John Kelly’s The Escape Artist at PS122

Several years ago John Kelly was working on a new piece based on Caravaggio. Using Caravaggio’s life story as a starting place, Kelly created a piece about a contemporary artist who struggles with the same demons. As the final image of the new work, Kelly wanted to be hanging from a trapeze in an artful posture and he started rehearsing his acrobatic skills. One day in the studio, working on the trapeze, he was trying a rather advanced move and lost his grip, plunging to the ground and nearly breaking his neck. For 15 hours Kelly lay immobile in the emergency room, trapped in his body, in his mind, and adrift in his own thoughts.

In The Escape Artist, Kelly uses video, song and story to recreate his thought process during those 15 hours. The show begins with Kelly entering the stage and telling us the story of the trapeze accident – he then climbs onto a “bed” and spends the bulk of the rest of the performance laying down, singing and narrating, as video projections tell a visual story of his interior experience. The visuals represent the images that flood his mind–the sinners and saints, the prostitutes and gods–that populate Caravaggio’s paintings.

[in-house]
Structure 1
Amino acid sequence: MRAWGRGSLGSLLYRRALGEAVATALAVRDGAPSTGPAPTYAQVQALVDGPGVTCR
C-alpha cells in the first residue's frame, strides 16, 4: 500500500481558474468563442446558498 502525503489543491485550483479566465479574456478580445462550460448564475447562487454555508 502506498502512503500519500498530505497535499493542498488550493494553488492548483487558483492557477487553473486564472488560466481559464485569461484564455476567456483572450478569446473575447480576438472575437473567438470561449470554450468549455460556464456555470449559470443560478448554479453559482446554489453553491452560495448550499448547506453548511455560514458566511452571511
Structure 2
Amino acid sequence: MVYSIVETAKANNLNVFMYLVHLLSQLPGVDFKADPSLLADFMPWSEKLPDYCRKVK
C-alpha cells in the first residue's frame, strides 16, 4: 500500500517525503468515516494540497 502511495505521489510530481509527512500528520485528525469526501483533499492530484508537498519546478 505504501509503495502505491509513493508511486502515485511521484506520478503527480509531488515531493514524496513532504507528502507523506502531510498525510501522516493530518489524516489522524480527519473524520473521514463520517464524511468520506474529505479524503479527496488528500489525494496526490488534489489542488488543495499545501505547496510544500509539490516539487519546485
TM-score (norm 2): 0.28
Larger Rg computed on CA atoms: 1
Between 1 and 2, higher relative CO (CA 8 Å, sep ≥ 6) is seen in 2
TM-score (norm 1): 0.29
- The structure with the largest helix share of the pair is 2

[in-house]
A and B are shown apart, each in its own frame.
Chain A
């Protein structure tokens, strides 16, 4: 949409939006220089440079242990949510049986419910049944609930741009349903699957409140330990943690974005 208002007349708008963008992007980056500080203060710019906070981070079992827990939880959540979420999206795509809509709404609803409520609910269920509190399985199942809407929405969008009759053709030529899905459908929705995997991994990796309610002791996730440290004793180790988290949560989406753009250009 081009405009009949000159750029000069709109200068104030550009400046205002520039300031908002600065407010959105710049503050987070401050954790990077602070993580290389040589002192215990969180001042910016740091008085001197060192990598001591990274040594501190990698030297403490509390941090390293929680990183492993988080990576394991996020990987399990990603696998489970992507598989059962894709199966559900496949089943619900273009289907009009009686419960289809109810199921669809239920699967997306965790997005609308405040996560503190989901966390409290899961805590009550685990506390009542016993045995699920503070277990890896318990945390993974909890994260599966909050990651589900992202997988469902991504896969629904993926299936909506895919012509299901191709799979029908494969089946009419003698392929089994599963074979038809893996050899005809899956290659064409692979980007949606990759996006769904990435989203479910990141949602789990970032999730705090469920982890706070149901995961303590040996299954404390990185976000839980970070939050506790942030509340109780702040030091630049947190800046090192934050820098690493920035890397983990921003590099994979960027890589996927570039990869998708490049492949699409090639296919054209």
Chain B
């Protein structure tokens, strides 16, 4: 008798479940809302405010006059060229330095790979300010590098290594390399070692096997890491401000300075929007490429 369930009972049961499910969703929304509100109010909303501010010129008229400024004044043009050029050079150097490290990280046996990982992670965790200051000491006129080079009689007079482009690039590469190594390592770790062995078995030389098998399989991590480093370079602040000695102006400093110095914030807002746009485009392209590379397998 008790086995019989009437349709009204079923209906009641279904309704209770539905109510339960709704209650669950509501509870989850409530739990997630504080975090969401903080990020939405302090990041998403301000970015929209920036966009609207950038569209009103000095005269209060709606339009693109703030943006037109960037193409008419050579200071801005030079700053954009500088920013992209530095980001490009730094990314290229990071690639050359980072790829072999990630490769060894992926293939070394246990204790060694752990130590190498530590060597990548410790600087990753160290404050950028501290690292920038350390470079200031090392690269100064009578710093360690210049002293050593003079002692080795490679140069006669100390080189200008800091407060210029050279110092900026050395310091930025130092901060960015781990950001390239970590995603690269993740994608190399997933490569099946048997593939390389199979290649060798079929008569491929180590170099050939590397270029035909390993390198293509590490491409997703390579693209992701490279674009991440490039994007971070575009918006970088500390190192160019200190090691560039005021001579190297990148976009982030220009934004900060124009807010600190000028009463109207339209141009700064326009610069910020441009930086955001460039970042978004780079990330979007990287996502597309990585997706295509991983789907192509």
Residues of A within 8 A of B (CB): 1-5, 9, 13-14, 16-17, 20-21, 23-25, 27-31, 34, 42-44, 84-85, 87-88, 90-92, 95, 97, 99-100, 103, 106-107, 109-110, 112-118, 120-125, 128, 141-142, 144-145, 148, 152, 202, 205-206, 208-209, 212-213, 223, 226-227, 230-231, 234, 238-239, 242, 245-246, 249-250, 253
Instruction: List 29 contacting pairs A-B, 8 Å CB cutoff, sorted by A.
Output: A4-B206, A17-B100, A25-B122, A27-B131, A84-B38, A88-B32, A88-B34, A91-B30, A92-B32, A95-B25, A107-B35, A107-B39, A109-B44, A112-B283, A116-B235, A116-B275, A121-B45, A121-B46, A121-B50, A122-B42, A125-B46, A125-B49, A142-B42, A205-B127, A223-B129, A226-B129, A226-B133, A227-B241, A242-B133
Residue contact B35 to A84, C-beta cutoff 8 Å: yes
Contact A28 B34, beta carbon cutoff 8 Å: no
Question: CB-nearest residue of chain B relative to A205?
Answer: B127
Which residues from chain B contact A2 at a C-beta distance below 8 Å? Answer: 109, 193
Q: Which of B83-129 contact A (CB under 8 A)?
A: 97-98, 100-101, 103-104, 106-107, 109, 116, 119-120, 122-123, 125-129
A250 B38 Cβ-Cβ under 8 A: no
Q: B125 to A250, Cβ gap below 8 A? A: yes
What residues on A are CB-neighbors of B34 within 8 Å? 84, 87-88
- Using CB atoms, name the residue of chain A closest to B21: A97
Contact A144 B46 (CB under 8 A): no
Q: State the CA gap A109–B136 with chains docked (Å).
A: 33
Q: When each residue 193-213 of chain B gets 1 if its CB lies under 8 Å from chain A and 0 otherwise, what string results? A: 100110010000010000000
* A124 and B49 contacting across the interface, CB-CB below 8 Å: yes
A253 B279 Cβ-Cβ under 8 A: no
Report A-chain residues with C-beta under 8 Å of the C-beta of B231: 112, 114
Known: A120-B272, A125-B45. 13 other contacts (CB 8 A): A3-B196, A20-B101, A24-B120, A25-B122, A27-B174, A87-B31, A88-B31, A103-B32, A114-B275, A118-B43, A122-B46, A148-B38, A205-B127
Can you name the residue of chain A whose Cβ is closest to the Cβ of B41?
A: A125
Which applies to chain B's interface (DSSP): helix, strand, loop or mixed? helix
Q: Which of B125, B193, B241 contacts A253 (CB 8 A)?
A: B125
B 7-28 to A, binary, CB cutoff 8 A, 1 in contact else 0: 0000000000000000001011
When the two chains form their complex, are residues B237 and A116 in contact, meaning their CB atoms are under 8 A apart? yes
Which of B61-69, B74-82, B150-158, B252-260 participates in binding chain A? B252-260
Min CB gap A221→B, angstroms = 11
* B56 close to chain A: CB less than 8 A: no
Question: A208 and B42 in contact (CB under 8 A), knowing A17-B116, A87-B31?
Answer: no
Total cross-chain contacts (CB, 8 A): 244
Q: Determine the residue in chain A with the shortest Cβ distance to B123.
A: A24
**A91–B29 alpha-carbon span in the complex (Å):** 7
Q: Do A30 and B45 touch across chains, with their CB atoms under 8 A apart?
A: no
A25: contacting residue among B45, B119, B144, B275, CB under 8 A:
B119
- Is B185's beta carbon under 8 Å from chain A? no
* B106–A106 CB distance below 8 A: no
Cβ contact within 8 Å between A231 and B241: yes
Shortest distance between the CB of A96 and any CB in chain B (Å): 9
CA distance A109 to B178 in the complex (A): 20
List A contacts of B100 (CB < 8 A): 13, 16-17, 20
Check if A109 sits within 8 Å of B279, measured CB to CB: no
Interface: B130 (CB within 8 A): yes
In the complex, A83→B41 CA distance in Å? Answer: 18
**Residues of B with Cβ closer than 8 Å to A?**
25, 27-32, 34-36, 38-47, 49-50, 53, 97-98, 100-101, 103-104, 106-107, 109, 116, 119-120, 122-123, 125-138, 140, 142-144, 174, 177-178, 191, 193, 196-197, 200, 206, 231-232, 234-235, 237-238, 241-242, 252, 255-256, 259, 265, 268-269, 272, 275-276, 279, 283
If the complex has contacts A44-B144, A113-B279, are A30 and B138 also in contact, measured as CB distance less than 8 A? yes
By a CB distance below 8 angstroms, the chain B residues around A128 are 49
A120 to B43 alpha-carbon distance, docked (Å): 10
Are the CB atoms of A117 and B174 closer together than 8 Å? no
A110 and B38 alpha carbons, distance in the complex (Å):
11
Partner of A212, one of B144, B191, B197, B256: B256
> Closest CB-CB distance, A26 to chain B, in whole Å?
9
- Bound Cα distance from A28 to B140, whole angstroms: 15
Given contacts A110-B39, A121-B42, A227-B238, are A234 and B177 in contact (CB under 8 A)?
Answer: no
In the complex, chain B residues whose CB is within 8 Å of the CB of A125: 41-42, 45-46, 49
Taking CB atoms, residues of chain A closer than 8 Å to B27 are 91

The journey through Kelly’s thoughts on life, love and artistry is told through spoken text and 10 songs by Kelly with Carol Lipnik as well as two “covers” – he performs to pre-recorded music accompaniment until the final song when he arises from the bed and accompanies himself on electric guitar.

I found the show to be mesmerizing. It is simple in its construction – essentially a song cycle – and hypnotic in its delivery. Kelly’s voice is beautiful and clear, the video work is expert and effective. I wish I had some MP3s of the music to share with you – it is hard to describe. But Kelly’s years interpreting the work of Joni Mitchell are in evidence here. Her influence on his vocal style and song structures is clear. Kelly has a way of painting pictures with words and music that is vivid and transporting. Even when he is interpreting other people’s music it becomes very much his own.

The thought of being trapped in one’s body, alone with your thoughts, is scary. But Kelly’s vivid imagination, the poignancy of his insights and reflections, bring us into a world that is rich and rewarding. If your’e going to spend some time in someone else’s mind you could do much worse than the beautiful universe that is John Kelly’s imagination. Go see for yourself.

The Escape Artist continues at PS122 through April 30.

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